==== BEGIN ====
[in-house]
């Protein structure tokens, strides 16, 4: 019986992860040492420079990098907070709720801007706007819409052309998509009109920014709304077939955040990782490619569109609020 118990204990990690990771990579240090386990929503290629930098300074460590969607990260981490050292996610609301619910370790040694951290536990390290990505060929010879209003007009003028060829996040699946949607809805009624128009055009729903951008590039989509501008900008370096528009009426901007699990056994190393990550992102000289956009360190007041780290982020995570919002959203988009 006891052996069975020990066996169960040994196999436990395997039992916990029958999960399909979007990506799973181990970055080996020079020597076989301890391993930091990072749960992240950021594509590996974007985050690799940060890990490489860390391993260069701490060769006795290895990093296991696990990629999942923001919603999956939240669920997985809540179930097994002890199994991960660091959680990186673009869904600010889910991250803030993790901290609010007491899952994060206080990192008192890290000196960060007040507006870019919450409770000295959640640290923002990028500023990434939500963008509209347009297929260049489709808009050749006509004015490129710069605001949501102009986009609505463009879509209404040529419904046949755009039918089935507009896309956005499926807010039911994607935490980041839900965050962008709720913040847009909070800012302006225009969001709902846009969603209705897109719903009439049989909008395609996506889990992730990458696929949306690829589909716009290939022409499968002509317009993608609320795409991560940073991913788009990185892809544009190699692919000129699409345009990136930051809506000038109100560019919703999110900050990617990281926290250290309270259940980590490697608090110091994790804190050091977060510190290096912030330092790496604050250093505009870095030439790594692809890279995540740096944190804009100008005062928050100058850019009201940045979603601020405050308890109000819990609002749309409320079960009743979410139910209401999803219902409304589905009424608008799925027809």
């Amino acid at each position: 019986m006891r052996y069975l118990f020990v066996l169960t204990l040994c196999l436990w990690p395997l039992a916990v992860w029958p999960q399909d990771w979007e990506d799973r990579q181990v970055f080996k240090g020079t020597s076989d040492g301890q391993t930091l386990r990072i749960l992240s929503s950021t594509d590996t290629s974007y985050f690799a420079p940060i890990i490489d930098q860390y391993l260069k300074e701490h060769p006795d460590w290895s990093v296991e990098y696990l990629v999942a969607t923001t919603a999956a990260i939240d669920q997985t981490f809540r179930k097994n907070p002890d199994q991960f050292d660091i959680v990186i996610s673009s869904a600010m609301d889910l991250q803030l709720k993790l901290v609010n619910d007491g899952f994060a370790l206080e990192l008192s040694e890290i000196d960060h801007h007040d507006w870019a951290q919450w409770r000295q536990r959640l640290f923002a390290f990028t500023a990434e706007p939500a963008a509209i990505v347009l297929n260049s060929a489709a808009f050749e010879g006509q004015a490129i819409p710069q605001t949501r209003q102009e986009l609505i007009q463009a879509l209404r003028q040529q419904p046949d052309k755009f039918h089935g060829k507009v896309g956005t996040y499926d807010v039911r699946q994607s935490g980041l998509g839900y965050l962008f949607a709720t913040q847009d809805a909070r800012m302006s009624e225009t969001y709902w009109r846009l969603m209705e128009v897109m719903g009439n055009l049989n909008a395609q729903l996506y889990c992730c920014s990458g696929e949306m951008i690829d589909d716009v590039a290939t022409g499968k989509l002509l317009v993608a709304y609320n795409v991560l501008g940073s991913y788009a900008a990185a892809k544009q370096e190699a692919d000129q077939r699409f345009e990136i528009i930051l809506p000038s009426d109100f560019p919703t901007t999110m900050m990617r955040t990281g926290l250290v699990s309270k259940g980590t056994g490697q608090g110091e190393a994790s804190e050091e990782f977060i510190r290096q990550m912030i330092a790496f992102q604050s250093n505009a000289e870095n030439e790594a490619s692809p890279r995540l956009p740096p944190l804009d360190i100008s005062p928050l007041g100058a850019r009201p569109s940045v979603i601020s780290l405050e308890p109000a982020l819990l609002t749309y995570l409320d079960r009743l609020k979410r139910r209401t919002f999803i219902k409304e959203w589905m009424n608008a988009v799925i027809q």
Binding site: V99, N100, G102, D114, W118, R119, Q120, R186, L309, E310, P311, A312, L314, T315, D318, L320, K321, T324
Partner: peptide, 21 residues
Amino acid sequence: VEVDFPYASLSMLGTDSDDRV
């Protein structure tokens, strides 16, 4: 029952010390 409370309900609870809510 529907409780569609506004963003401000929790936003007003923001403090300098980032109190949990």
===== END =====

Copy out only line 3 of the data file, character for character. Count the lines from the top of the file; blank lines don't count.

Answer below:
């Amino acid at each position: 019986m006891r052996y069975l118990f020990v066996l169960t204990l040994c196999l436990w990690p395997l039992a916990v992860w029958p999960q399909d990771w979007e990506d799973r990579q181990v970055f080996k240090g020079t020597s076989d040492g301890q391993t930091l386990r990072i749960l992240s929503s950021t594509d590996t290629s974007y985050f690799a420079p940060i890990i490489d930098q860390y391993l260069k300074e701490h060769p006795d460590w290895s990093v296991e990098y696990l990629v999942a969607t923001t919603a999956a990260i939240d669920q997985t981490f809540r179930k097994n907070p002890d199994q991960f050292d660091i959680v990186i996610s673009s869904a600010m609301d889910l991250q803030l709720k993790l901290v609010n619910d007491g899952f994060a370790l206080e990192l008192s040694e890290i000196d960060h801007h007040d507006w870019a951290q919450w409770r000295q536990r959640l640290f923002a390290f990028t500023a990434e706007p939500a963008a509209i990505v347009l297929n260049s060929a489709a808009f050749e010879g006509q004015a490129i819409p710069q605001t949501r209003q102009e986009l609505i007009q463009a879509l209404r003028q040529q419904p046949d052309k755009f039918h089935g060829k507009v896309g956005t996040y499926d807010v039911r699946q994607s935490g980041l998509g839900y965050l962008f949607a709720t913040q847009d809805a909070r800012m302006s009624e225009t969001y709902w009109r846009l969603m209705e128009v897109m719903g009439n055009l049989n909008a395609q729903l996506y889990c992730c920014s990458g696929e949306m951008i690829d589909d716009v590039a290939t022409g499968k989509l002509l317009v993608a709304y609320n795409v991560l501008g940073s991913y788009a900008a990185a892809k544009q370096e190699a692919d000129q077939r699409f345009e990136i528009i930051l809506p000038s009426d109100f560019p919703t901007t999110m900050m990617r955040t990281g926290l250290v699990s309270k259940g980590t056994g490697q608090g110091e190393a994790s804190e050091e990782f977060i510190r290096q990550m912030i330092a790496f992102q604050s250093n505009a000289e870095n030439e790594a490619s692809p890279r995540l956009p740096p944190l804009d360190i100008s005062p928050l007041g100058a850019r009201p569109s940045v979603i601020s780290l405050e308890p109000a982020l819990l609002t749309y995570l409320d079960r009743l609020k979410r139910r209401t919002f999803i219902k409304e959203w589905m009424n608008a988009v799925i027809q």